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McKeon steps up to help Iwo Jima veteran

• VA waives repayment of almost $4,000 after talk with congressman.

Posted: May 7, 2008 2:37 a.m.
Updated: July 8, 2008 5:02 a.m.

Retired Staff Sergeant Carl Diekman of the U.S. Marines 5th Division relaxes on his front porch. Diekman no longer owes the Department of Veterans Affairs almost $4,000 in overpayments after U.S. Rep. Howard "Buck" McKeon championed his case and won.

 
A decorated World War II veteran who served with the United States Marines and fought at the battle of Iwo Jima no longer owes the Department of Veterans Affairs almost $4,000 in overpayments after U.S. Rep. Howard "Buck" McKeon championed his case and won.

Retired Staff Sergeant Carl Diekman of the U.S. Marines 5th Division was sitting in an armchair by the phone inside his mobile home in Canyon Country on Tuesday when the phone rang shortly after 2:30 p.m.

It was McKeon calling from Washington, D.C. Diekman's deep baritone voice kept saying the words "yes sir, yes sir" in a tone normally reserved for military commanders until he received the official word that his debt of $3,936 had been waived.

"You just made my day, sir," Diekman told McKeon, R-Santa Clarita, on the phone. "That's the best news I've heard in a long time."

After a brief pause, he added: "I'm just like any other serviceman to go in and do their duty."

The five-minute conversation was explained in greater detail by Bob Haueter, McKeon's deputy chief of staff, who was with Diekman when the phone call was received.

"We talked with the VA director's office this morning," Haueter said. "She informed us that the VA had initiated a review and had looked through Mr. Diekman's file and, based on his current status and all the other factors, the department has agreed to waive the $3,936 owed."

Haueter was asked if consistent media coverage about the case contributed to the government decision.

"I couldn't speculate on that," he said.

Since The Signal first reported Diekman's story more than a week ago, several people have contacted the newspaper by phone and e-mail asking how they could help him, all of them asking where they should send money.

Diekman and his son, Trevor, never asked for money and had only contacted The Signal and McKeon for help in resolving the VA's bill for almost $4,000.

Before McKeon's phone call, Diekman explained how touched he was that so many people offered to help him.

"I went out to Agua Dulce to thank the woman who gave me $20 but she wasn't there," he explained. "And, when I told her daughter that I just wanted to thank her in person, she started crying."

Diekman - a proud and humble man - said he doesn't know what to do with money already donated by people he doesn't know.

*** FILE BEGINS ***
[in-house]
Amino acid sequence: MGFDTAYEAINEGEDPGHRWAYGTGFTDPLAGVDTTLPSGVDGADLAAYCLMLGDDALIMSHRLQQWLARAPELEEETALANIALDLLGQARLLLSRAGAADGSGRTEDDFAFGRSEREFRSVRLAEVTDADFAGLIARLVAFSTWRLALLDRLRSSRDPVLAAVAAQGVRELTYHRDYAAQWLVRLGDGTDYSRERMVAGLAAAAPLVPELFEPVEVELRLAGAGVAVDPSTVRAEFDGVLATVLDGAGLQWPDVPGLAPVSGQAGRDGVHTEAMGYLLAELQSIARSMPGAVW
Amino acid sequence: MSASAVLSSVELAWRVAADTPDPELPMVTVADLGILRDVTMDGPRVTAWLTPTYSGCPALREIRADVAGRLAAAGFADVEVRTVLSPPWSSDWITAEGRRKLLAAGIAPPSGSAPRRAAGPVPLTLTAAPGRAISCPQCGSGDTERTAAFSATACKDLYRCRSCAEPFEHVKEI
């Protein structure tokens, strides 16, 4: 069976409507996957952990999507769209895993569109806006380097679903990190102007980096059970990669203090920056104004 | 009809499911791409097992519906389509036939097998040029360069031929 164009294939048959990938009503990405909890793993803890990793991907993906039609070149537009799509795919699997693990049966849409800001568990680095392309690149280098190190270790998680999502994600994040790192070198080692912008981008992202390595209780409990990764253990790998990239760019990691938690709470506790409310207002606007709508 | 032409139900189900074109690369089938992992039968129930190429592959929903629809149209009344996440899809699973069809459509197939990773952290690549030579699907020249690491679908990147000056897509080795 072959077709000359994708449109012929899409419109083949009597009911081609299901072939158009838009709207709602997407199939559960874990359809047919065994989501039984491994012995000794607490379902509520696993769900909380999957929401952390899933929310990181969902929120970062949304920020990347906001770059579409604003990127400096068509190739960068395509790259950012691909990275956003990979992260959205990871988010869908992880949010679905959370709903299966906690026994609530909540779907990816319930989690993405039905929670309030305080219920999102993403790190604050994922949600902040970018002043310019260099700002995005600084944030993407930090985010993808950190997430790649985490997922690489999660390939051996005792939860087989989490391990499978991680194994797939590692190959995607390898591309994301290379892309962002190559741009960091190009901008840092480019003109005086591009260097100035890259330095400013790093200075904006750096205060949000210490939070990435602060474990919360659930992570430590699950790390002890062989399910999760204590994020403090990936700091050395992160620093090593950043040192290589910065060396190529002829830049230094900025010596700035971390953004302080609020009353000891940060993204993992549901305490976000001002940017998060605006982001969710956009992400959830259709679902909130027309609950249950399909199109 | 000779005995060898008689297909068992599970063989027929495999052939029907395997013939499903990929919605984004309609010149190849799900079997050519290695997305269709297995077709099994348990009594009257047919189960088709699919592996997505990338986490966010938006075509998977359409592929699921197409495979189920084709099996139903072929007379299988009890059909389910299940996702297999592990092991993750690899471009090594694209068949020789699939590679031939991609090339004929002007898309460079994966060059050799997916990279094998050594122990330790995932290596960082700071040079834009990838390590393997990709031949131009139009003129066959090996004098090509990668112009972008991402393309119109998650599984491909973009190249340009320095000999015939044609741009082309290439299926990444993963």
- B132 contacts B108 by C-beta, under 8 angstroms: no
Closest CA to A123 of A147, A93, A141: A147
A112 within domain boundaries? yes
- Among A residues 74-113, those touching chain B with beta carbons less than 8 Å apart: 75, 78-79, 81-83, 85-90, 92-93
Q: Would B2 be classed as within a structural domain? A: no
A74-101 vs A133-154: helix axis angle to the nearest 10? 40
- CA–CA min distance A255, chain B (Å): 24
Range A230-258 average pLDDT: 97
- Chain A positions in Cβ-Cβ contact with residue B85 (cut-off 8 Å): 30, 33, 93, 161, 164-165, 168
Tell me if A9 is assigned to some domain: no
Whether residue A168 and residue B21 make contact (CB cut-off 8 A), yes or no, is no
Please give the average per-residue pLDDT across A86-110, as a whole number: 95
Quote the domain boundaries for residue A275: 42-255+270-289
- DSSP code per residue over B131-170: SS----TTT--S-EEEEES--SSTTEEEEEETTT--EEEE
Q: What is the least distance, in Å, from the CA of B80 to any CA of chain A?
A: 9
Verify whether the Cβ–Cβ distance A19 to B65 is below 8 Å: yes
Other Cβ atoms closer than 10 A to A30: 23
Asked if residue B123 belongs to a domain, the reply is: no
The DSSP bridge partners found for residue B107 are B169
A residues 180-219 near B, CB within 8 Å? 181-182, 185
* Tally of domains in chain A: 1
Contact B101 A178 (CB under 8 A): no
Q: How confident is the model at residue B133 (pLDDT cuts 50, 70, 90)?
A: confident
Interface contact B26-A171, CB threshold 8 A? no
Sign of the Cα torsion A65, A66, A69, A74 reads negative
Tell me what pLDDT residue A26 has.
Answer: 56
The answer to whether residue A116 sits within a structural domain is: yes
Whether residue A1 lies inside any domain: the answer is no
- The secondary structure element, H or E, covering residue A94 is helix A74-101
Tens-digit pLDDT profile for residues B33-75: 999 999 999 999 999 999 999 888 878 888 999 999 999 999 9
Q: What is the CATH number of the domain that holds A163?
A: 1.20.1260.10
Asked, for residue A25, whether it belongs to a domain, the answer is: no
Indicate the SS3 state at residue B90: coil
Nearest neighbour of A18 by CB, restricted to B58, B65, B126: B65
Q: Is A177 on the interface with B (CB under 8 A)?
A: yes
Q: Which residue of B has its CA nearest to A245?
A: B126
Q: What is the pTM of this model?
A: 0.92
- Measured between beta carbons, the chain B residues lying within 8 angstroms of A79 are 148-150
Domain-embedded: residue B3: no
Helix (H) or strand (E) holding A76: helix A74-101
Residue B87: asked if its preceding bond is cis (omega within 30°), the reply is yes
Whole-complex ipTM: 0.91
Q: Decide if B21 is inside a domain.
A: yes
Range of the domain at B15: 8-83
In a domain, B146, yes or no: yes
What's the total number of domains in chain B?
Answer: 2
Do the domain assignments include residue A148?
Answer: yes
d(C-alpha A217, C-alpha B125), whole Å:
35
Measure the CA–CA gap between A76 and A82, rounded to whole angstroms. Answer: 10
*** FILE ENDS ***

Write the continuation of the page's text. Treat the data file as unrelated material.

"They may have troubles of their own," he said reflecting on the donations. "Maybe sometime I can help return the favor.

"I'm not a hero," he said. "I just done my job when I was called on - just like any other veteran."

Diekman told The Signal last week that he was worried he would lose his Social Security if the VA bill wasn't paid.

McKeon's news that the federal agency was waiving the bill, came at the same time Diekman's son, Trevor, had just opened a trust account to handle the money already donated.

"I am so ecstatic," Trevor Diekman said. "All of this takes pressure off of my father. He can sleep easy now. I am so thankful to everyone."

More than two dozen people, many of them servicemen, called The Signal daily expressing both outrage over the government's decision to charge Diekman and a desire to help the retired Marine personally.

U.S. Marine Major Mimi Cottrell, Operations Officer with the Exercise Division at Twentynine Palms wrote Tuesday: "If there is a way I can help, possibly a way to donate money to pay what he owes. I'm sure there are plenty of Marines in Twentynine Palms who would bend over backwards to help a fellow Marine in his time of need."

Vets also contacted The Signal - one a Vietnam War "grunt" on Tuesday from Ohio - to say that they were also being billed for changes in marital status.

Diekman's problems with the VA office began when he filled out a form notifying officials about his change in marital status - namely, that he had remarried.

According to Haueter, the VA office informed McKeon that Diekman had never informed them that his first wife had died and that, consequently, Diekman had been receiving benefit checks based on incorrect information.

All that is a moot point now.

"I can sleep good tonight," Diekman said.

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